Too much data!
“Die Guten ins Töpfchen, die Schlechten ins Kröpfchen” (the good into the pot, the bad into the crop, in Aschenputtel (Cinderella) by Grimm)
1 Situation and Problem
In the past — say 1990s — we had small data files and small disks. I had a Macintosh with 128k! Today we have a great number of large files, photos have typically 4 MB and movies even 4 GB, and much larger hard disks. Gone are magnetic tapes and similar external media (who remembers Magneto-Optical disks?), replaced by external hard disks with USB connectors.
Regular backup is still necessary - even if you use cloud services! The past years I bought about one hard disk per year, with capacity increasing from 300 GB to 3 TB, to hold (differential) backups of all my computers. The utility rdiff-backup did serve me well; files were easy to recover and it never failed me.
The questions for which I did not have an answer: How long to keep the backups? How to use the backups? How to decide that a backup is not relevant anymore and can be discarded. How to know whether a backup contain a valuable file not kept anywhere else. Even if all files are stored, finding a “lost” file is practically impossible.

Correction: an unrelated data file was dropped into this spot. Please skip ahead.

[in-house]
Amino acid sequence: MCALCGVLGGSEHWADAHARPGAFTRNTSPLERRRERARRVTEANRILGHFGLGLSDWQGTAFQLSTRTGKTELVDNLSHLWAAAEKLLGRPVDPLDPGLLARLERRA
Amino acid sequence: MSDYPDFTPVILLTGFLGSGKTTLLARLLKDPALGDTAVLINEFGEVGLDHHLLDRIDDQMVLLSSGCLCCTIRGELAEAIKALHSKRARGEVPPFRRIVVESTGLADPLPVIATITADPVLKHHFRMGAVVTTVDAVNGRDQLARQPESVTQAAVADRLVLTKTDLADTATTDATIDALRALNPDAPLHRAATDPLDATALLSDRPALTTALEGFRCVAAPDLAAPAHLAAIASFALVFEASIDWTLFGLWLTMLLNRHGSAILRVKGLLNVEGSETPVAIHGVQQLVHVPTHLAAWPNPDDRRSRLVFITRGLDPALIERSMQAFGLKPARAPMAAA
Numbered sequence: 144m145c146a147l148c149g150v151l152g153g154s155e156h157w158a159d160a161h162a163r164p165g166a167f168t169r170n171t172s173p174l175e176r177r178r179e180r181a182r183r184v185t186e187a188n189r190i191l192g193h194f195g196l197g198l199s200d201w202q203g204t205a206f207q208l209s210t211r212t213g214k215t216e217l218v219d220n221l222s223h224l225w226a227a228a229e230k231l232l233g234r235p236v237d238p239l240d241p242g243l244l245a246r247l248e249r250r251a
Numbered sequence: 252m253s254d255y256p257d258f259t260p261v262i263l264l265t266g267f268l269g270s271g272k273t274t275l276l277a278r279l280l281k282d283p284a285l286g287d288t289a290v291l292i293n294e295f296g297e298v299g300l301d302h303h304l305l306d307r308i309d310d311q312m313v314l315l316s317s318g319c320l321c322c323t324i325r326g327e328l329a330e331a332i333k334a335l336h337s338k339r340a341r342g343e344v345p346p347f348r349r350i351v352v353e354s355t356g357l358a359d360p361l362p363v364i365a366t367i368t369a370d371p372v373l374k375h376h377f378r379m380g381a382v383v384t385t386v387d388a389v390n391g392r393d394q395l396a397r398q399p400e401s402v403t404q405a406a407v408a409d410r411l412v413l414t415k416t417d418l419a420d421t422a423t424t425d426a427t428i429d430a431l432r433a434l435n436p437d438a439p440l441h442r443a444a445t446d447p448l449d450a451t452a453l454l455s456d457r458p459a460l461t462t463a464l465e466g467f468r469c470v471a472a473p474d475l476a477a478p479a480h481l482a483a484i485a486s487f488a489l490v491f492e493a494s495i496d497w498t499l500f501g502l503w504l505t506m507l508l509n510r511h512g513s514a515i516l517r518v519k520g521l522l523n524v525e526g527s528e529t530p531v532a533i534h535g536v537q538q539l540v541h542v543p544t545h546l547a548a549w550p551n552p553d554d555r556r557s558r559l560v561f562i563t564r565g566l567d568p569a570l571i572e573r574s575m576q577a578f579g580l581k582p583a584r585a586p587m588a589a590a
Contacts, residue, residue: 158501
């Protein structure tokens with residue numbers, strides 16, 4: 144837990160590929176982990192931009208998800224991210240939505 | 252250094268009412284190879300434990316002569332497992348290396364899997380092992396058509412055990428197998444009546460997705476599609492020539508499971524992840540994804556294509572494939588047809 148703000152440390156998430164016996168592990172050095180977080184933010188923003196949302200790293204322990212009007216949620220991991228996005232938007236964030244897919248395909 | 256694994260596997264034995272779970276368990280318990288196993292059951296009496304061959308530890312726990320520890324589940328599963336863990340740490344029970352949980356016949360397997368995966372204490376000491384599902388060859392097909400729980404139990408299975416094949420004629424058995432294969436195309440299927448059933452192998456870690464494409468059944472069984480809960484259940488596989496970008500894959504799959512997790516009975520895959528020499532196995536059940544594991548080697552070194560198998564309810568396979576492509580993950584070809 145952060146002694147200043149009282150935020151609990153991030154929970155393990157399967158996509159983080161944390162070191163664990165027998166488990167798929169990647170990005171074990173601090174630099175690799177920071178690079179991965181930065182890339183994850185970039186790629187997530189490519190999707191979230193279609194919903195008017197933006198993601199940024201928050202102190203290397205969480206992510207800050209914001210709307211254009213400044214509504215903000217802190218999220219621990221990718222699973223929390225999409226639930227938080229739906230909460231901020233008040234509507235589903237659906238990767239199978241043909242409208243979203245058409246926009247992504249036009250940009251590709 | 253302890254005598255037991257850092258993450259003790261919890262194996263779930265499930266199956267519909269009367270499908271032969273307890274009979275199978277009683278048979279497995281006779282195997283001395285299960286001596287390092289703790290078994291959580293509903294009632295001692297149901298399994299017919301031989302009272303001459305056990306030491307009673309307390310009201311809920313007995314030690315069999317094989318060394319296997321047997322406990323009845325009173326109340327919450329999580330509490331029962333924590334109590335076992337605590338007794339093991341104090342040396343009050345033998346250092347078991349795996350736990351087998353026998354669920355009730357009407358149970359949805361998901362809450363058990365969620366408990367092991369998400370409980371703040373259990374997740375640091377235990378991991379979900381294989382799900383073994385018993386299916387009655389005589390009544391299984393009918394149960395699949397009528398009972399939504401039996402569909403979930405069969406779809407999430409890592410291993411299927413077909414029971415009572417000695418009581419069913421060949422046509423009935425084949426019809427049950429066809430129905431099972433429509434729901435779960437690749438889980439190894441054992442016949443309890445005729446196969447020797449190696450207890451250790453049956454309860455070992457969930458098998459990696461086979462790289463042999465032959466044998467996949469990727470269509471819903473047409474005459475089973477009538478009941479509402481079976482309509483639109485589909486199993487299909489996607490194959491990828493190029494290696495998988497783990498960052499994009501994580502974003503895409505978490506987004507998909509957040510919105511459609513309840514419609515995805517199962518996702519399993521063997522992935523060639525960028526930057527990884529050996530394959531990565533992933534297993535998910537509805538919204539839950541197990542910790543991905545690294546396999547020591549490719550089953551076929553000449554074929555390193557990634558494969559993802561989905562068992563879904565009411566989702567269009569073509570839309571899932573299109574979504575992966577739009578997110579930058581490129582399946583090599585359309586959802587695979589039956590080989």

This year, I decided that I should not simply buy “yet another hard disk” but clean up. A very cursory analysis showed that I had approximatively 10 Terabyte of date on disks; it was mostly copies of the same files. The copies were produced because all my 4 synchronized computers contain more or less the same files and I started a fresh backups every year. The count of duplicates is approximatively the number of years times the number of computers.
The task is simply (1) to extract one copy of each different valuable file and keep it in a safe place and then discard the remainder and (2) invent a policy to avoid creating the same mess again. Step one will be discussed here, step two discussed in a following blog. To start, two difficult definitions are required:
- When are two files equal?
- What is a valuable file?
The solution will produce a set of valuable files to keep in a “keepFolder”, to replace all the backups. The keepFolder should contain only one copy of each valuable files.
2 Doves: Design for a Cleanup Tool
Tools like Unison and rdiff-backup characterize files first by path and filename (short “filepath”). The effect is that any reorganisation of the file system (e.g., moving or renaming directories) is reflected as delete and addition - bloating the backup and adding each file twice (once as a deleted file, once as a new addition) and two files are only identified as “the same” if they have the same content and the same filepath.